My hope for the whole world is that we all learn something about peace and love starting within oneself, respecting everyone’s life at every stage, lovingly communicating with each other without devices, discernment in life, and being here to help each other.  I trust that God will bring out good from all the events.

Christin


My grandparents from Poland passed on to my parents and me the gift of faith in God and a dual spirit of frugality and generosity: be grateful for what you have, be careful with how you use your resources and remember if you have two, you can give one. 

Cindy


My ancestors were ordinary peasant folk who lived hand to mouth for centuries near Kaunas and Vilnius which were then in Russia. Others lived south of Poznan, part of Germany. By a combination of desperation and hope, they drove themselves to the New World, America, where they arrived with nothing. They found the lowest jobs, those that only desperate immigrants would take in coal mines and steel mills. Yet, they persisted. They struggled but by dint of their perseverance they seized opportunity and achieved a small measure of prosperity. 

They are heroes to me, these uneducated flotsam of Eastern Europe deprived of their country, their language, their culture suppressed in the land of their ancestors.

Two generations and 72 years on I sit, their heir, having earned a PH.D. having prospered beyond their imagination. Only by their will, their embrace of risk, their acceptance of mistreatment and their belief in possibility do I sit in satisfaction.

They fought America’s wars endured her depression and celebrated her rise and theirs to pre eminence. Grateful and humbled I am by their commitment to the future which is my present. Dzięki, babcie, dziadkowie.

Fred


My ancestors would hunker down in their sod covered cabin on a farm near  Independence, Wisconsin with 6 of their children.They would do whatever they knew how to fight the virus and pray to God they didn’t get it. All survived the “ Spanish Flu” of 1918 so they were very hardy stock. All lived long lives from 63 yrs. to 95 yrs. old. The life expectancy at the time (1883) was about 40 years old. They were hard working and God fearing people. I believe that is what got them through 5 recessions and 2 World Wars during their lifetimes. My Great Grandfather came from Upper Silesia to the U.S.A. in 1869 with a wife and two young children and the shirt on his back. By 1920 he had accumulated 715 acres of land .He died in 1924 and left 3 farms to his 3 living sons at that time. I think this shows that he was a very enterprising individual and provided well for his family. I am proud to be one of his decedents.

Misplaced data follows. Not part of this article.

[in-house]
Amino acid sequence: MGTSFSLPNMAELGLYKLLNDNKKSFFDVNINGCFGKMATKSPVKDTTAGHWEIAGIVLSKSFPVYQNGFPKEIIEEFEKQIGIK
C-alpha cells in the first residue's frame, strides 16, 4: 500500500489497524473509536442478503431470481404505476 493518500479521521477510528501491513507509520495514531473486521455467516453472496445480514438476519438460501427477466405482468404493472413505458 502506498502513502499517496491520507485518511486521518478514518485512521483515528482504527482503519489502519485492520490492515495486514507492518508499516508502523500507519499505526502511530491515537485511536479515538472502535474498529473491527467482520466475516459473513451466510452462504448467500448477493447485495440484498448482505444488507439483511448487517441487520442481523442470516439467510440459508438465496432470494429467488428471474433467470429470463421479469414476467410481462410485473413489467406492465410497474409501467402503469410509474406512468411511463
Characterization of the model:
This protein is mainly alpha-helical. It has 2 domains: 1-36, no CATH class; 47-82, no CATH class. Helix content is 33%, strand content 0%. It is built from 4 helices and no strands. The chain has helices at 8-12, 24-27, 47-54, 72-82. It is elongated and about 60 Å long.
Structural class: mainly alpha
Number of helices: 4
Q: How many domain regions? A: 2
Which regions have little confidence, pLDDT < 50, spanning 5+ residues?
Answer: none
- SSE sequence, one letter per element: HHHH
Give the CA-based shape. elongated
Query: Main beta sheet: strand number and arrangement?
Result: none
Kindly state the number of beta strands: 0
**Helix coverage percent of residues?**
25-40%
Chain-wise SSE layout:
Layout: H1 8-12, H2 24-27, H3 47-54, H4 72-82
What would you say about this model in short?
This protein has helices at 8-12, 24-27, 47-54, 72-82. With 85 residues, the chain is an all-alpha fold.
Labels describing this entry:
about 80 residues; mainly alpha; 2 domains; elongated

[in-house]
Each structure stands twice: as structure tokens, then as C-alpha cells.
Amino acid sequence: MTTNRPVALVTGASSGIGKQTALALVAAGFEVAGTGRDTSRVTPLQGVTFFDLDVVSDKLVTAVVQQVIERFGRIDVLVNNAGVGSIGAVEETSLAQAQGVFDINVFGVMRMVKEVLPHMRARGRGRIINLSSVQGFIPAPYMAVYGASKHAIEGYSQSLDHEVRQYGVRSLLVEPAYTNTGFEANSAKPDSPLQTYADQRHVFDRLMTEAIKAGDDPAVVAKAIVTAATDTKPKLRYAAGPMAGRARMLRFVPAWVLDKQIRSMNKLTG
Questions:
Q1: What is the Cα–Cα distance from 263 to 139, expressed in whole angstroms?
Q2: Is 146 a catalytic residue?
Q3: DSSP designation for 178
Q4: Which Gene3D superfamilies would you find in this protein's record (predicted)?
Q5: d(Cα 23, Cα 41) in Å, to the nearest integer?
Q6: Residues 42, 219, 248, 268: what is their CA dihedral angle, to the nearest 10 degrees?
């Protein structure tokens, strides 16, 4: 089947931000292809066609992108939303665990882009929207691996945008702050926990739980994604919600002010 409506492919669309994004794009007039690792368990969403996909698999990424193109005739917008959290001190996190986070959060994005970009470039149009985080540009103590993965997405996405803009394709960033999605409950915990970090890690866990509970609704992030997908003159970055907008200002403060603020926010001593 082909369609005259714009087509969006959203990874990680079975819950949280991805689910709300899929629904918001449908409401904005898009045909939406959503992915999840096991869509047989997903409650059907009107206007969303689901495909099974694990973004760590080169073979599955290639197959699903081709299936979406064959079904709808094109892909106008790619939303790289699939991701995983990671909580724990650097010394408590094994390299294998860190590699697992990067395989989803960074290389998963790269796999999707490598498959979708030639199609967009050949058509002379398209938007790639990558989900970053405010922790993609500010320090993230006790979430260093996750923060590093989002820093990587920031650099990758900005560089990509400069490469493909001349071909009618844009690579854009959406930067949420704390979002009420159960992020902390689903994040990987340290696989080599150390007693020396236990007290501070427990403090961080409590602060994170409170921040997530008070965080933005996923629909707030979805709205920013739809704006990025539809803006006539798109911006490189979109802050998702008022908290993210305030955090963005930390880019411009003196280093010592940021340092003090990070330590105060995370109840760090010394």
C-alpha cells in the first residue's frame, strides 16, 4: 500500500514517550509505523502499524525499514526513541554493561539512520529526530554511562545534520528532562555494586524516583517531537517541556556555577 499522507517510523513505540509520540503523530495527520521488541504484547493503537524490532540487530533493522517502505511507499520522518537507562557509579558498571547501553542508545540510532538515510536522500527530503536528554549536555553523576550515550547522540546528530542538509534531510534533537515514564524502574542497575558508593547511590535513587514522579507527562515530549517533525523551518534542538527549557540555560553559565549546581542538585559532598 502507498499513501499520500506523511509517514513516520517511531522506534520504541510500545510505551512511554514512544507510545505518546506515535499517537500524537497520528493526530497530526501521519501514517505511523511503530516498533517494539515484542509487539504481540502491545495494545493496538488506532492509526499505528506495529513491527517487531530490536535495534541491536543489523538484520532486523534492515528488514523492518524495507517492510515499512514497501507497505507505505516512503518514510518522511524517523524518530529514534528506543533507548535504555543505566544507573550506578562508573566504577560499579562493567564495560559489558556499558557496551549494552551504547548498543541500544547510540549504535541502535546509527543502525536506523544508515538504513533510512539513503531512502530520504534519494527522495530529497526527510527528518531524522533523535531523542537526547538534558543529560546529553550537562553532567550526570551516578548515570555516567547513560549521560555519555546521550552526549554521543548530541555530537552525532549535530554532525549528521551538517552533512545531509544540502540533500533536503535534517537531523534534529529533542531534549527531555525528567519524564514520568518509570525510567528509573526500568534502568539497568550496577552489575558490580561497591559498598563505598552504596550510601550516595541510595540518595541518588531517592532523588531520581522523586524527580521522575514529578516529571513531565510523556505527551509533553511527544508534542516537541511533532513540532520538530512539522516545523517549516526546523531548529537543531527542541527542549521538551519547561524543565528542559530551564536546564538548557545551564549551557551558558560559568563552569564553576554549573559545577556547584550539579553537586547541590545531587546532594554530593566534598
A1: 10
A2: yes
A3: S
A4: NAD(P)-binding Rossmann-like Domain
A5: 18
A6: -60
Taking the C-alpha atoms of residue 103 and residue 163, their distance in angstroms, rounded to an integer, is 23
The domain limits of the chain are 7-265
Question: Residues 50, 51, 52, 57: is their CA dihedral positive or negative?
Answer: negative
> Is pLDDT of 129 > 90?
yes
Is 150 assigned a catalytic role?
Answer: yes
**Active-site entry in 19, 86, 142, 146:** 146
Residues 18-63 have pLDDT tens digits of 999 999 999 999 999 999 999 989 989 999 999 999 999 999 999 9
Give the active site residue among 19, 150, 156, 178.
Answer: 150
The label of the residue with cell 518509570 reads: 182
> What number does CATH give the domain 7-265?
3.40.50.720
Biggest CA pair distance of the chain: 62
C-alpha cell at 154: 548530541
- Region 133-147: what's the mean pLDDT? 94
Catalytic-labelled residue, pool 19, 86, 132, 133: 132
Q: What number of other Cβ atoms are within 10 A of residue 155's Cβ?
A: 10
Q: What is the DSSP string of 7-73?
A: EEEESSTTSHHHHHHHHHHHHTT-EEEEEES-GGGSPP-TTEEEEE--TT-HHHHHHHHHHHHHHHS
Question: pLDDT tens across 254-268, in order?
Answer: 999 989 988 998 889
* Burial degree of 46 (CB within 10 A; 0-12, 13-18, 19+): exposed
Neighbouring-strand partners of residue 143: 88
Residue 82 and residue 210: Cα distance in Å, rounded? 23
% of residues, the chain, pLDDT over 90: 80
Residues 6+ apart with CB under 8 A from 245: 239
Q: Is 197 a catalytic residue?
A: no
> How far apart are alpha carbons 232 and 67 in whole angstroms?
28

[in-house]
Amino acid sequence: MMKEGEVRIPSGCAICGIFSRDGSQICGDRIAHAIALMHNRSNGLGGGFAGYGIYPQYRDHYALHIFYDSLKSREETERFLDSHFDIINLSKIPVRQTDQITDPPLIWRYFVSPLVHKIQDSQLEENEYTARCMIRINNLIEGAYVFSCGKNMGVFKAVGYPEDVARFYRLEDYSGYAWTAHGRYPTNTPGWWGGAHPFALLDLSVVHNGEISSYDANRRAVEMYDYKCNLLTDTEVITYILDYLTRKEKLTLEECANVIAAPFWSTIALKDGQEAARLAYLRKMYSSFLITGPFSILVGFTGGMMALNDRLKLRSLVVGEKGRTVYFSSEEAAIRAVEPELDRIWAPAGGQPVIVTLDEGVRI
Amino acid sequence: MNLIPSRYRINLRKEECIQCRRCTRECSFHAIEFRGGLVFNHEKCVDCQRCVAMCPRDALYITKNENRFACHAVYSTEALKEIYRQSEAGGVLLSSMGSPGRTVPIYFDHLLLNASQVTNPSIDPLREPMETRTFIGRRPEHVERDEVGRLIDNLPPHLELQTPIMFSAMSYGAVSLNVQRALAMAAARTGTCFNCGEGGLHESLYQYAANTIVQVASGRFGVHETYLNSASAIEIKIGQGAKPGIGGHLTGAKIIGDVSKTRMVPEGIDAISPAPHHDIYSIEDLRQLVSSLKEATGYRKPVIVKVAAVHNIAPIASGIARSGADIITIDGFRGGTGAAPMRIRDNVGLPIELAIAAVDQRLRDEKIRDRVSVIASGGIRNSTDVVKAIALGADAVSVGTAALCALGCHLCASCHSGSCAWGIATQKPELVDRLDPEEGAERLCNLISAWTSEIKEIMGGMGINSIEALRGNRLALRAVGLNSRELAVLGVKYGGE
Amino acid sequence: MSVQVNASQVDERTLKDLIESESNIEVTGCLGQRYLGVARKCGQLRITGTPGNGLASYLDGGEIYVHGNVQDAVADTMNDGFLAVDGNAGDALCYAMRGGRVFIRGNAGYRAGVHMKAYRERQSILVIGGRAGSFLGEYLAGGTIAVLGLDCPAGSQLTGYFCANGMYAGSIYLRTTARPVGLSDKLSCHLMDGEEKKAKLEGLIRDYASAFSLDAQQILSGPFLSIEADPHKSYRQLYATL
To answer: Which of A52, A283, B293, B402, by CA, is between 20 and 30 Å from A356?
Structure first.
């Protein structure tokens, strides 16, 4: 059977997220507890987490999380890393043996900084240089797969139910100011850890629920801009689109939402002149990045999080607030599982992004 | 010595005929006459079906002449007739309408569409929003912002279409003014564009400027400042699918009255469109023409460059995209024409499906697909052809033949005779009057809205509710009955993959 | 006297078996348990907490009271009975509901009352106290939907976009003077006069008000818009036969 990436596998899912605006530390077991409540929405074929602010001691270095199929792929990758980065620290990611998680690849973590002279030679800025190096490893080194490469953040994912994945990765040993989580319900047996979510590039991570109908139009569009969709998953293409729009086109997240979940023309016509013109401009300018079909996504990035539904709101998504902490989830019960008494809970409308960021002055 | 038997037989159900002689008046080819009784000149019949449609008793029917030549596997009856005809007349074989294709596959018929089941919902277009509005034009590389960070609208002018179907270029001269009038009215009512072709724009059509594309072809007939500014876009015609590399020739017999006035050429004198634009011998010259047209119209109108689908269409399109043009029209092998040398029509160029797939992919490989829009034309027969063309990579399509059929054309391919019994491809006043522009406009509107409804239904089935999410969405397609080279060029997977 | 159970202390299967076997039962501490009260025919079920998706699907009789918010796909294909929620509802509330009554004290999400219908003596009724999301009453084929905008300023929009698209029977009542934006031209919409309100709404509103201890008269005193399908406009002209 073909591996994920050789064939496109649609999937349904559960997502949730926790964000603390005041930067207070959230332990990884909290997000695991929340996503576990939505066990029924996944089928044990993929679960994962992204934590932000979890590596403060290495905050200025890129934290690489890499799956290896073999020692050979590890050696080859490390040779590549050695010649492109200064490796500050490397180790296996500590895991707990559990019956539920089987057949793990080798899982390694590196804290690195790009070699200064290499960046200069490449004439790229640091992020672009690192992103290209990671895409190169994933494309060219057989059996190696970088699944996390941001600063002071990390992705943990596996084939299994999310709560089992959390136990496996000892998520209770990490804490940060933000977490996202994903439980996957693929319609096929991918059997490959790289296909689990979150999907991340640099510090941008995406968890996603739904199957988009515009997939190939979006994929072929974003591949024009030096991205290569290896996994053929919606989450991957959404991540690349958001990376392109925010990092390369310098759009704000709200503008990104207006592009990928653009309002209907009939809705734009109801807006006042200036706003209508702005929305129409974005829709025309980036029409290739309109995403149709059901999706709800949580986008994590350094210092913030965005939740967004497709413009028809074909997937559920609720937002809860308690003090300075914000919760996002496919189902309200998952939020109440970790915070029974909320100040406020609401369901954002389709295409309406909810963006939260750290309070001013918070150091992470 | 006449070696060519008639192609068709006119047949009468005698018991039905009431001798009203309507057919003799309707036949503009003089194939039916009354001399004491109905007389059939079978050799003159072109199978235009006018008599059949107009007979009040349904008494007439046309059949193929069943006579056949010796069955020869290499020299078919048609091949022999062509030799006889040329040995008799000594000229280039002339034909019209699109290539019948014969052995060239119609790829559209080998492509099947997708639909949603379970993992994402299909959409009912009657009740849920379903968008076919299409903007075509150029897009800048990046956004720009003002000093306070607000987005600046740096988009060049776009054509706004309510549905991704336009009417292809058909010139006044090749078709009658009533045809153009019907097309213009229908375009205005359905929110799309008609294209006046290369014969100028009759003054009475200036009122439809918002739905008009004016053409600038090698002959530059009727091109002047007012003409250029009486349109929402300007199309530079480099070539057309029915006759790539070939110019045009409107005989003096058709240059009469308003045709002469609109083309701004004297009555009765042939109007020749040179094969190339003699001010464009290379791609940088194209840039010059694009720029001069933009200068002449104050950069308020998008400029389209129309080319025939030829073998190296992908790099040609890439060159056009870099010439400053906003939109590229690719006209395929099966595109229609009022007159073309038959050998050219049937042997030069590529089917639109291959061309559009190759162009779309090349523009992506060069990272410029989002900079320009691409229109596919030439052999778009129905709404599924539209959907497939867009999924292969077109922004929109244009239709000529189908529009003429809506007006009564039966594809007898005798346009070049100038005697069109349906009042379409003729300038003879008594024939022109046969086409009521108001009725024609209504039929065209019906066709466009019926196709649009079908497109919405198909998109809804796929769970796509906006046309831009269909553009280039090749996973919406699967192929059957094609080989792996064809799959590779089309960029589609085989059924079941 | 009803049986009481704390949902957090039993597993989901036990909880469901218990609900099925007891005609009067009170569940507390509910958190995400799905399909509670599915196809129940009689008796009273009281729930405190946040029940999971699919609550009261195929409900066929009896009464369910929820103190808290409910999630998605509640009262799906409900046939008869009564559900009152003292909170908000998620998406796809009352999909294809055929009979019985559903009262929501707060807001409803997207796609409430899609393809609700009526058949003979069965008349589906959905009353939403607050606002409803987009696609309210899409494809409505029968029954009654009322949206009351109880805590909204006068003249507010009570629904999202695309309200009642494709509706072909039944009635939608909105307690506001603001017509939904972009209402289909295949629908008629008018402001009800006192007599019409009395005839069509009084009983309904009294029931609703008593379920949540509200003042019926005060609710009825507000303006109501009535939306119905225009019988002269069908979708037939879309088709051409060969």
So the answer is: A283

Curt 


Some of what my grandparents brought with them was passed on to my mother and father, especially my maternal grandmother retained so much of her ways even of speaking although she was only six when arriving here. Anyway, her frugality and industriousness she passed on to us. Your article reminded me of that heritage. Thank you for taking time to write us all – your question enriched my thoughts.

Maryann


I thought immediately of my grandfather, Paul, who was born in Harklova, which we visited with PO in 2018. What a grand tour. What my ancestors would do is unclear, but my grandfather left no doubt. He was resourceful and a survivor. I believe I inherited, from my dad, his pluck and nerve. I had a kidney transplant when 42 (33 years ago) and kept up a great professional career by working out. Five years ago June 1, 2015 I was diagnosed with non Hodgkins lymphoma at the Mayo Clinic. But I survived. My grandfather taught me that life is tough. It’s often grim and not pretty. But there is much joy as well in our love of family, wife, children and friends. I know why Poland survived. The people have guts. We all need to be strong and disciplined like the Polish people during these last 200 or 300 years.

God bless,

Have a Happy Easter season.

Joe 


I am proud to be a descendent of the bravest group of people. I will channel their spirit remember their stories to get through difficult time. I will do as they did, pray, work with what I have, share with others, protect my loved one. Peace and love to all. Be safe. Stay healthy. Be prayerful. We will get through this….Together.

Donna


Thank you for reminding us all that we are who we are because of the fortitude of our grandparents and great great great grandparents. We’re here because of them and their love and sacrifices.

Angel


I just explained this to my daughter living in quarantine in NY. Sometimes I when I think I cannot deal with a situation, I think of my Busia and Dziadek. My mother was a 1st generation American, my father 2nd generation American. They instilled all the fire and passion of our Polish ancestors!! We remember and honor them thru traditions, incredible food and the language PROUDLY!!

Mickey


Proud and inspired!

Zenon

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9 Responses to “What would my ancestors do? Your response.”